- jñānam ajñāta-tattvāya
- yo dadyāt sat-pathe 'mṛtam
- kṛpālor dīna-nāthasya
- devās tasyānugṛhṇate
jñānam—knowledge; ajñāta-tattvāya—to those who are unaware of the truth; yaḥ—one who; dadyāt—imparts; sat-pathe—on the path of truth; amṛtam—immortality; kṛpāloḥ—kind; dīna-nāthasya—protector of the poor; devāḥ—the demigods; tasya—to him; anugṛhṇate—give blessings.
The narration of Dhruva Mahārāja is sublime knowledge for the attainment of immortality. Persons unaware of the Absolute Truth can be led to the path of truth. Those who out of transcendental kindness take on the responsibility of becoming master-protectors of the poor living entities automatically gain the interest and blessings of the demigods.
Jñānam ajñāta means knowledge which is unknown almost throughout the entire world. No one knows actually what is the Absolute Truth. Materialists are very proud of their advancement in education, in philosophical speculation and in scientific knowledge, but no one actually knows what the Absolute Truth is. The great sage Maitreya, therefore, recommends that to enlighten people about the Absolute Truth (tattva), devotees should preach the teachings of Śrīmad-Bhāgavatam throughout the entire world. Śrīla Vyāsadeva especially compiled this great literature of scientific knowledge because people are completely unaware of the Absolute Truth. In the beginning of Śrīmad-Bhāgavatam, First Canto, it is said that Vyāsadeva, the learned sage, compiled this great Bhāgavata Purāṇa just to stop the ignorance of the mass of people. Because people do not know the Absolute Truth, this Śrīmad-Bhāgavatam was specifically compiled by Vyāsadeva under the instruction of Nārada. Generally, even though people are interested in understanding the truth, they take to speculation and reach at most the conception of impersonal Brahman. But very few men actually know the Personality of Godhead.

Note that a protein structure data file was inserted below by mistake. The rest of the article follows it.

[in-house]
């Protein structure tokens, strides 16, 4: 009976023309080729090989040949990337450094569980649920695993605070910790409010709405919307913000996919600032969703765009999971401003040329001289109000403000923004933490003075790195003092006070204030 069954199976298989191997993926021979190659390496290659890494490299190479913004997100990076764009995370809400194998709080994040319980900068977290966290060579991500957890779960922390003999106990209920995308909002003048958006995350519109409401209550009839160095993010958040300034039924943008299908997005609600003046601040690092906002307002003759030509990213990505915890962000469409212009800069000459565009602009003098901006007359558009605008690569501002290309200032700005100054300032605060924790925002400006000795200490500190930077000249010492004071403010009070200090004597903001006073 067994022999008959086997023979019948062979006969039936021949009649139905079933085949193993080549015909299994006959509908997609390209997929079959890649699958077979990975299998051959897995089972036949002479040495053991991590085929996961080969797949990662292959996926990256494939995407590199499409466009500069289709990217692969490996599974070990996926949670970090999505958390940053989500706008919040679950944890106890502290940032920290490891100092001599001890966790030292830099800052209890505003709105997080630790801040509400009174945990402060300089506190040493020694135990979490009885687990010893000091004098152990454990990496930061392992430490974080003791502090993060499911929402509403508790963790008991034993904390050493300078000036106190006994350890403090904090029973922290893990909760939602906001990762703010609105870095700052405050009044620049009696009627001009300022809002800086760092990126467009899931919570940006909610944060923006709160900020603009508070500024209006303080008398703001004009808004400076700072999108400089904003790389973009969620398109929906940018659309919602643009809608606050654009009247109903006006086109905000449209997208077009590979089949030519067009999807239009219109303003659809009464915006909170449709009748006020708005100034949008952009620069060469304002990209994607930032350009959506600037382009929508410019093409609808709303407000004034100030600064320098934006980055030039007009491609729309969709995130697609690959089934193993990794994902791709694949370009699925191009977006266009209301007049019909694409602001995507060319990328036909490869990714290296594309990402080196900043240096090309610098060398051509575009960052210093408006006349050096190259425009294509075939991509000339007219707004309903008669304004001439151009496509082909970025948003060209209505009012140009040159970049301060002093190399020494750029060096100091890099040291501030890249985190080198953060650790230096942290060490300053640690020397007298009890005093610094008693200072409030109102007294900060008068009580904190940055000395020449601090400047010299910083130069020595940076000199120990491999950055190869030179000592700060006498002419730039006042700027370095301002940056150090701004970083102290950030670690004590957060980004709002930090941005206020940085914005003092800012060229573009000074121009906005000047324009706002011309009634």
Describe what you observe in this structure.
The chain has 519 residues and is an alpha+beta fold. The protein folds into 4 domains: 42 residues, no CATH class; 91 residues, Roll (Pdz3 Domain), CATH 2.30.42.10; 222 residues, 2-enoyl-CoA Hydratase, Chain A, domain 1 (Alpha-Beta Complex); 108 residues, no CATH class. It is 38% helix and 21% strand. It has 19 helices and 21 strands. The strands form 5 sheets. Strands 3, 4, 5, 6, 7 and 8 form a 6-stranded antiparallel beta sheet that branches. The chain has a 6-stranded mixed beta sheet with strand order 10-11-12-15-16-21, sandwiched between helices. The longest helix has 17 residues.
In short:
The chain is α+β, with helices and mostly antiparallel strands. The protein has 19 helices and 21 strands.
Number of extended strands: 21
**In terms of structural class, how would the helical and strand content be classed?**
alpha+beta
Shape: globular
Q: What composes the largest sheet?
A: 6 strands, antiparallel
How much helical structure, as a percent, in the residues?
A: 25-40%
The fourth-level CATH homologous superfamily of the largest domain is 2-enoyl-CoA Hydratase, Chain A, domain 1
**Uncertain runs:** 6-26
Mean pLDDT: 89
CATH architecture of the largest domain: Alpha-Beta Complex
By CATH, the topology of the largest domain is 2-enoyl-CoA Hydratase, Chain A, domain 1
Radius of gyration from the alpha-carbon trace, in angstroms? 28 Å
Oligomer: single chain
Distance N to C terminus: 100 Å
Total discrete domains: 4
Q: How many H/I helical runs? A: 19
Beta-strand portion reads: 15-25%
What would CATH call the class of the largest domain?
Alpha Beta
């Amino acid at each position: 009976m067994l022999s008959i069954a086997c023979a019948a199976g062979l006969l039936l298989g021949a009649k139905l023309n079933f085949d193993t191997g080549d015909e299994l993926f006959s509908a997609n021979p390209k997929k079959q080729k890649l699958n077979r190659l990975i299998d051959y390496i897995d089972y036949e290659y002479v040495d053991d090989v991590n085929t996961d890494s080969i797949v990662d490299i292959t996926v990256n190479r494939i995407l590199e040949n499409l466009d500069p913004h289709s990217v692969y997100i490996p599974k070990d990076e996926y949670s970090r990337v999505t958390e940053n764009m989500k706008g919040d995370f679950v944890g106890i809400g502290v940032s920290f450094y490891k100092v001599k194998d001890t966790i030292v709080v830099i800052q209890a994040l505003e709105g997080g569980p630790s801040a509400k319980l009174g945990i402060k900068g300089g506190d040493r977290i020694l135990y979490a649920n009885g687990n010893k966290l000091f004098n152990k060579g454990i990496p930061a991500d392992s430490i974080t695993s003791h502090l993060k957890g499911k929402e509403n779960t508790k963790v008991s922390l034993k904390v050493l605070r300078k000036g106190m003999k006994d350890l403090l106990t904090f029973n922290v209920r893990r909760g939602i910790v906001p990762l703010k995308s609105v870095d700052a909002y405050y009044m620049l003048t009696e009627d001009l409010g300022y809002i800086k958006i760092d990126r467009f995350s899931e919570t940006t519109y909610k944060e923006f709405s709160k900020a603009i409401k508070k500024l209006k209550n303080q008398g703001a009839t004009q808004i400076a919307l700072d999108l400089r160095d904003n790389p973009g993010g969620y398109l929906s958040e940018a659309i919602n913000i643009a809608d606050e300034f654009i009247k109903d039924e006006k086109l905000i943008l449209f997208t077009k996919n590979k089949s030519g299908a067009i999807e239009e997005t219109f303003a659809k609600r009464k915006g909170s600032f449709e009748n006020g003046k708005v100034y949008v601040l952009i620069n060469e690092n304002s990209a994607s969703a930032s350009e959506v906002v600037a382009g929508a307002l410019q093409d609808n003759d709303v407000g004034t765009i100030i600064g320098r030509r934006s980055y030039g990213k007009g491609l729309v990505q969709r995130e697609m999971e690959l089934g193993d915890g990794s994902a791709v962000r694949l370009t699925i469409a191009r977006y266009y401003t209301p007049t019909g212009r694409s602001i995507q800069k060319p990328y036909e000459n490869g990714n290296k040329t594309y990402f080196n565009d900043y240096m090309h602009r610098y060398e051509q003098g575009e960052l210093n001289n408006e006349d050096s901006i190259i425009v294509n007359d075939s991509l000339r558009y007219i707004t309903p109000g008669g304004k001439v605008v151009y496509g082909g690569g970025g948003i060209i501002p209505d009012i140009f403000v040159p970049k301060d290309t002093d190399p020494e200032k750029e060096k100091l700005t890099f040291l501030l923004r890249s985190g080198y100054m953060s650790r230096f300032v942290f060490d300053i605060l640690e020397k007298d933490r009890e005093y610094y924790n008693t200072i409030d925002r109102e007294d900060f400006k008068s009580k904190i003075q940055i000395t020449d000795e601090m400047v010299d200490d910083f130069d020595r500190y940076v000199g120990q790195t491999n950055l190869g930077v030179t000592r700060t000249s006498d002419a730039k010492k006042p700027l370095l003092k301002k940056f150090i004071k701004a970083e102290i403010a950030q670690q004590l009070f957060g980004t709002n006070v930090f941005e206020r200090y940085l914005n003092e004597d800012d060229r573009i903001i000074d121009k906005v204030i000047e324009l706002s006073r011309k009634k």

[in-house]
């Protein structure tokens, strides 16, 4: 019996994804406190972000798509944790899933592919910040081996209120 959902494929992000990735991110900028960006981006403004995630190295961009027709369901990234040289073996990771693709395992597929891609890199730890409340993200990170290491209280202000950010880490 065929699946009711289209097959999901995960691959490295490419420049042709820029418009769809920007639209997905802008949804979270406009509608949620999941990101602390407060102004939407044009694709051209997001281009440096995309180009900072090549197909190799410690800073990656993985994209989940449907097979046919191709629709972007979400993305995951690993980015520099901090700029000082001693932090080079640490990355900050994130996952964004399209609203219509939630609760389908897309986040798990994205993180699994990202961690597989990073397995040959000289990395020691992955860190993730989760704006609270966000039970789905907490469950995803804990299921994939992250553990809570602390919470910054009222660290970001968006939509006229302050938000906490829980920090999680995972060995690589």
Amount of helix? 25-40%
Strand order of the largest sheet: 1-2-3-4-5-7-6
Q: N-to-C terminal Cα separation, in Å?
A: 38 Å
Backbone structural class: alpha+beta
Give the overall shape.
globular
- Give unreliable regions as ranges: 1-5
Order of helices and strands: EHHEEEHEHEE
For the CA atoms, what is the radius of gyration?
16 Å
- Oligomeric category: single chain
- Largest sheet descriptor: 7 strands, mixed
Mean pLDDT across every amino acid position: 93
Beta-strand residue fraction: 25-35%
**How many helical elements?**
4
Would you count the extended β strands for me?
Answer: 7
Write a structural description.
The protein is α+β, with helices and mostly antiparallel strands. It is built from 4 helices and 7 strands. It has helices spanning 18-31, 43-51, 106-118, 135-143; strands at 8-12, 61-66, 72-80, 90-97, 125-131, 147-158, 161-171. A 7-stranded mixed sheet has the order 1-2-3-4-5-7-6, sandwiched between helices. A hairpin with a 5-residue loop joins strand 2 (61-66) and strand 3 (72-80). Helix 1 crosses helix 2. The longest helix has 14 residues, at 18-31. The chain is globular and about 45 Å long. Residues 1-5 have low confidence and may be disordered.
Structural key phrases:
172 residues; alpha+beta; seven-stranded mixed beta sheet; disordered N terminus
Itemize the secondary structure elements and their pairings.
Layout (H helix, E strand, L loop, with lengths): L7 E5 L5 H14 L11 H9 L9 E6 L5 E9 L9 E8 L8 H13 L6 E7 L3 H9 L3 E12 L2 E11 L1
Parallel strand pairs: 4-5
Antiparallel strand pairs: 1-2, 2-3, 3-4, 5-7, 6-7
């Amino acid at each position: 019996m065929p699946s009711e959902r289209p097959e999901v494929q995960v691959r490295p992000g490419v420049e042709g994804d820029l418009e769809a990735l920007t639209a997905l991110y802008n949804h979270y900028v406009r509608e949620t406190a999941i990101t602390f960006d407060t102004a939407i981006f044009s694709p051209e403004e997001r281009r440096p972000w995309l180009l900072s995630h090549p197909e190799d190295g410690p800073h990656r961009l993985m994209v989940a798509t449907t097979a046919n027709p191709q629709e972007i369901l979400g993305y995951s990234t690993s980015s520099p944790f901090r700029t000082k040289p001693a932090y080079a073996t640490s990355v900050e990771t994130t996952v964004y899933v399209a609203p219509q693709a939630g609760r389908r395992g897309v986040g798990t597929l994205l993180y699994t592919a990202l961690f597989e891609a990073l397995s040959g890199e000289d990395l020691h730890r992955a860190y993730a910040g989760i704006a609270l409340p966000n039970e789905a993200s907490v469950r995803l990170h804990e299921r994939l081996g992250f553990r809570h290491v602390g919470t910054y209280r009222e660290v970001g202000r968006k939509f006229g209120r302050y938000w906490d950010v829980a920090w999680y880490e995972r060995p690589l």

Recitation of Śrīmad-Bhāgavatam is specifically meant to enlighten people about the Absolute Truth, the Supreme Personality of Godhead. Although there is no fundamental difference between impersonal Brahman, localized Paramātmā and the Supreme Person, factual immortality cannot be obtained unless and until one attains the stage of associating with the Supreme Person. Devotional service, which leads to the association of the Supreme Lord, is actual immortality. Pure devotees, out of compassion for the fallen souls, are kṛpālu, very kind to people in general; they distribute this Bhāgavata knowledge all over the world. A kindhearted devotee is called dīna-nātha, protector of the poor, ignorant mass of people. Lord Kṛṣṇa is also known as dīna-nātha or dīna-bandhu, the master or actual friend of the poor living entities, and His pure devotee also takes the same position of dīna-nātha. The dīna-nāthas, or devotees of Lord Kṛṣṇa, who preach the path of devotional service, become the favorites of the demigods. Generally people are interested in worshiping the demigods, especially Lord Śiva, in order to obtain material benefits, but a pure devotee, who engages in preaching the principles of devotional service, as prescribed in the Śrīmad-Bhāgavatam, does not need to separately worship the demigods; the demigods are automatically pleased with him and offer all the blessings within their capacity. As by watering the root of a tree the leaves and branches are automatically watered, so, by executing pure devotional service to the Lord, the branches, twigs and leaves of the Lord, known as demigods, are automatically pleased with the devotee, and they offer all benedictions.